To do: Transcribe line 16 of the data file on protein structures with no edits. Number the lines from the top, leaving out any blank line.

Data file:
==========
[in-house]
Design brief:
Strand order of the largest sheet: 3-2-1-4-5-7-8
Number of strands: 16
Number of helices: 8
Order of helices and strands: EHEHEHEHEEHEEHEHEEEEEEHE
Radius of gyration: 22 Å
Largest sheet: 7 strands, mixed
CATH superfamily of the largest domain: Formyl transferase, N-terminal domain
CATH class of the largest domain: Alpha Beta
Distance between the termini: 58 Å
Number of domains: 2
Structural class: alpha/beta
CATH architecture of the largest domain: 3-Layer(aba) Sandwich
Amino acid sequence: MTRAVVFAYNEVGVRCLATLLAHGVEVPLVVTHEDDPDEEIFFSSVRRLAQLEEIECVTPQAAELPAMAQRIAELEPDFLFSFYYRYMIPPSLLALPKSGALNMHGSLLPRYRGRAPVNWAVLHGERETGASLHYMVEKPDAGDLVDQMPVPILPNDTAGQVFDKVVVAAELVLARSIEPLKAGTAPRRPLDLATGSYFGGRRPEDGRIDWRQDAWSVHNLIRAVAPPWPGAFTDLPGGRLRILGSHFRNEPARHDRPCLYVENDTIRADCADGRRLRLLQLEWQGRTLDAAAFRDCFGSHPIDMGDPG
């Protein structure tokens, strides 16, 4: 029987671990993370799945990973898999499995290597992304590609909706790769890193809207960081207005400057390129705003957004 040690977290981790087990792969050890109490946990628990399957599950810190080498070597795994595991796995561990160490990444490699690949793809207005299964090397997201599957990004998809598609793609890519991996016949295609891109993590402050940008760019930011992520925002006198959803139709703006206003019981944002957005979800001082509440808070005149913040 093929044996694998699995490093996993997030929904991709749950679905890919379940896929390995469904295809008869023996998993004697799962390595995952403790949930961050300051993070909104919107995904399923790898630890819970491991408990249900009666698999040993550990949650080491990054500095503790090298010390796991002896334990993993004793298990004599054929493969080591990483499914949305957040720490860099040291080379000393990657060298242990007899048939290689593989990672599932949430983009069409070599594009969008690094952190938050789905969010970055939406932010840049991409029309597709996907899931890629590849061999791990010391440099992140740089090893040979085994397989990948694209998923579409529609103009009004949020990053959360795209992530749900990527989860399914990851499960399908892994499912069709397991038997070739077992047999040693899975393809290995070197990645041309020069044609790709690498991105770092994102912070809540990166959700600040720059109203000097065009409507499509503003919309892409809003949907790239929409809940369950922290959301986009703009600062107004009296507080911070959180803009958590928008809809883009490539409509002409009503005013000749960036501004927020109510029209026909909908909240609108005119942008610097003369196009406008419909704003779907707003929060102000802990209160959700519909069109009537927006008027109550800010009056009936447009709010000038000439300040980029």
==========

């Protein structure tokens, strides 16, 4: 029987671990993370799945990973898999499995290597992304590609909706790769890193809207960081207005400057390129705003957004 040690977290981790087990792969050890109490946990628990399957599950810190080498070597795994595991796995561990160490990444490699690949793809207005299964090397997201599957990004998809598609793609890519991996016949295609891109993590402050940008760019930011992520925002006198959803139709703006206003019981944002957005979800001082509440808070005149913040 093929044996694998699995490093996993997030929904991709749950679905890919379940896929390995469904295809008869023996998993004697799962390595995952403790949930961050300051993070909104919107995904399923790898630890819970491991408990249900009666698999040993550990949650080491990054500095503790090298010390796991002896334990993993004793298990004599054929493969080591990483499914949305957040720490860099040291080379000393990657060298242990007899048939290689593989990672599932949430983009069409070599594009969008690094952190938050789905969010970055939406932010840049991409029309597709996907899931890629590849061999791990010391440099992140740089090893040979085994397989990948694209998923579409529609103009009004949020990053959360795209992530749900990527989860399914990851499960399908892994499912069709397991038997070739077992047999040693899975393809290995070197990645041309020069044609790709690498991105770092994102912070809540990166959700600040720059109203000097065009409507499509503003919309892409809003949907790239929409809940369950922290959301986009703009600062107004009296507080911070959180803009958590928008809809883009490539409509002409009503005013000749960036501004927020109510029209026909909908909240609108005119942008610097003369196009406008419909704003779907707003929060102000802990209160959700519909069109009537927006008027109550800010009056009936447009709010000038000439300040980029």